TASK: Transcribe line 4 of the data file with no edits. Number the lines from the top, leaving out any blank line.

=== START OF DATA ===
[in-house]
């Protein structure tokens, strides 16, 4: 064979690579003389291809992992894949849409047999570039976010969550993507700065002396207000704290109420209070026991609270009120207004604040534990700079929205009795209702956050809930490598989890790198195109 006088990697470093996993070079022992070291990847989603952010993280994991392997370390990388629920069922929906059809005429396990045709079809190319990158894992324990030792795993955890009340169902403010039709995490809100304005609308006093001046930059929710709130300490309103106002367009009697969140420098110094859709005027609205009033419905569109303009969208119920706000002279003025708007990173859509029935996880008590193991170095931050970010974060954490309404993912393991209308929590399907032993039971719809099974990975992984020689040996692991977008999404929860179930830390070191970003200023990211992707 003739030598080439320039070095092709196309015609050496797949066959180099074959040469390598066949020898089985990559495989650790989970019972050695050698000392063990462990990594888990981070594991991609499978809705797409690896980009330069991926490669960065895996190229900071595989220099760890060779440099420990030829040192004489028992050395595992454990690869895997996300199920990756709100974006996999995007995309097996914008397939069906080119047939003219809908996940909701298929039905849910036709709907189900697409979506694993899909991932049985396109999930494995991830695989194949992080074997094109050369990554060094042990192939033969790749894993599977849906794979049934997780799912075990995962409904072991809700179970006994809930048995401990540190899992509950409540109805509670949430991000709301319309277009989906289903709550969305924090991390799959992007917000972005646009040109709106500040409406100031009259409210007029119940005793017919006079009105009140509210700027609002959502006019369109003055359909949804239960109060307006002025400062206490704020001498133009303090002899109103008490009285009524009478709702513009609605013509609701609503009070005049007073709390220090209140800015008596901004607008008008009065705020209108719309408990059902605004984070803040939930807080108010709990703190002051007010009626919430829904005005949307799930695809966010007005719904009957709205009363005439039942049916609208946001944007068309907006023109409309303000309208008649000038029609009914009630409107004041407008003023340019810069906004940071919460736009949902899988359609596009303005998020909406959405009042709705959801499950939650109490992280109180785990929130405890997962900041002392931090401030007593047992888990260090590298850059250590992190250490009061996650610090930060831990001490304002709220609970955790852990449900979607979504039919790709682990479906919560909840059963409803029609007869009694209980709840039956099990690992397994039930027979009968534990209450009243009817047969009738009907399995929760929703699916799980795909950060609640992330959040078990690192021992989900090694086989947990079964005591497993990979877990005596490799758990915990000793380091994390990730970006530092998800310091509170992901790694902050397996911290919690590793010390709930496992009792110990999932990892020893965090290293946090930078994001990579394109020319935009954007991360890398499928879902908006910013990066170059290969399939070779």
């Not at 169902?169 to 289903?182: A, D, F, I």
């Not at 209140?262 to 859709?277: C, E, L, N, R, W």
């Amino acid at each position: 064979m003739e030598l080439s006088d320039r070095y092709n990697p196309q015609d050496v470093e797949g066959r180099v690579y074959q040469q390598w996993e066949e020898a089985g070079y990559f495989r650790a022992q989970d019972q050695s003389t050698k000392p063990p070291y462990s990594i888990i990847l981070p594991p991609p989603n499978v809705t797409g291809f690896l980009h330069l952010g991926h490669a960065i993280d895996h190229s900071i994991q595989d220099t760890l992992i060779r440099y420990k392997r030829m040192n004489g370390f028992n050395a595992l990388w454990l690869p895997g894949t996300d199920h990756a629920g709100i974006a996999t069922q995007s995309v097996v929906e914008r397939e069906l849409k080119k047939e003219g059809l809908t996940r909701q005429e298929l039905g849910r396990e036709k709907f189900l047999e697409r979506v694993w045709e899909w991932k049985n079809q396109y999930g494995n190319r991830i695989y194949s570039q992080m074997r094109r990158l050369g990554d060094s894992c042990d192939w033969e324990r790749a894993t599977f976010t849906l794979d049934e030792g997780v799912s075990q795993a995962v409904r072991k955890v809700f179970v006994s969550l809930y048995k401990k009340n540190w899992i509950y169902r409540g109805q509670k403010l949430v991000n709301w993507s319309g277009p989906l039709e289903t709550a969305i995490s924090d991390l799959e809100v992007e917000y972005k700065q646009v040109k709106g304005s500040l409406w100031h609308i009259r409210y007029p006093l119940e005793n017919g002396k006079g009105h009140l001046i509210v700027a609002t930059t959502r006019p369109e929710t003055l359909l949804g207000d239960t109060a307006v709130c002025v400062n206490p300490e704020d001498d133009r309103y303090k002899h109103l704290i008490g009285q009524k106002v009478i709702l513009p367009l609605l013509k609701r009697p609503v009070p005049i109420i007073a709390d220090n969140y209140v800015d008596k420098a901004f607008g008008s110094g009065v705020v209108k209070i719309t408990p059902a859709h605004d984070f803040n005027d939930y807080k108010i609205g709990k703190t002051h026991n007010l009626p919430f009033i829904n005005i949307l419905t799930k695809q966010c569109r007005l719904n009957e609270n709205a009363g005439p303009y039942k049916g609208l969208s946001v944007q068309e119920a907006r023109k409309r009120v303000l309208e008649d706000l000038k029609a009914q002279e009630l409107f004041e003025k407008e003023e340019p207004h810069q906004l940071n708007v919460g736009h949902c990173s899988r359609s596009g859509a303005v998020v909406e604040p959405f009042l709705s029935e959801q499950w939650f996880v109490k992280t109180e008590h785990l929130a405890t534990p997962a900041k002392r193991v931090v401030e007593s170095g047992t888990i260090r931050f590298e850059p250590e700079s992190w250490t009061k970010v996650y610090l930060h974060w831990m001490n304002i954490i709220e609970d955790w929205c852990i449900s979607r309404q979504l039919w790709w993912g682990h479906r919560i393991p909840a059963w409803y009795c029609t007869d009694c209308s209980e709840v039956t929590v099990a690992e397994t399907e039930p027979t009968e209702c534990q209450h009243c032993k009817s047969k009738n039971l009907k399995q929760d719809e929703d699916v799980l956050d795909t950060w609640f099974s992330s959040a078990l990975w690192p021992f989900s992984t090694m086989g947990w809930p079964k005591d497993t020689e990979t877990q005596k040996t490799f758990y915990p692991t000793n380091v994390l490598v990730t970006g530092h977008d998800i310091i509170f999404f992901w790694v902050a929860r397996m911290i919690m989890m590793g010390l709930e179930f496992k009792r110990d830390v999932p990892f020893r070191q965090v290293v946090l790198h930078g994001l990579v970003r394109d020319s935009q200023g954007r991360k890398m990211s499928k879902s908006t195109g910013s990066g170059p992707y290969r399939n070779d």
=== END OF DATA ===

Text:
């Not at 209140?262 to 859709?277: C, E, L, N, R, W």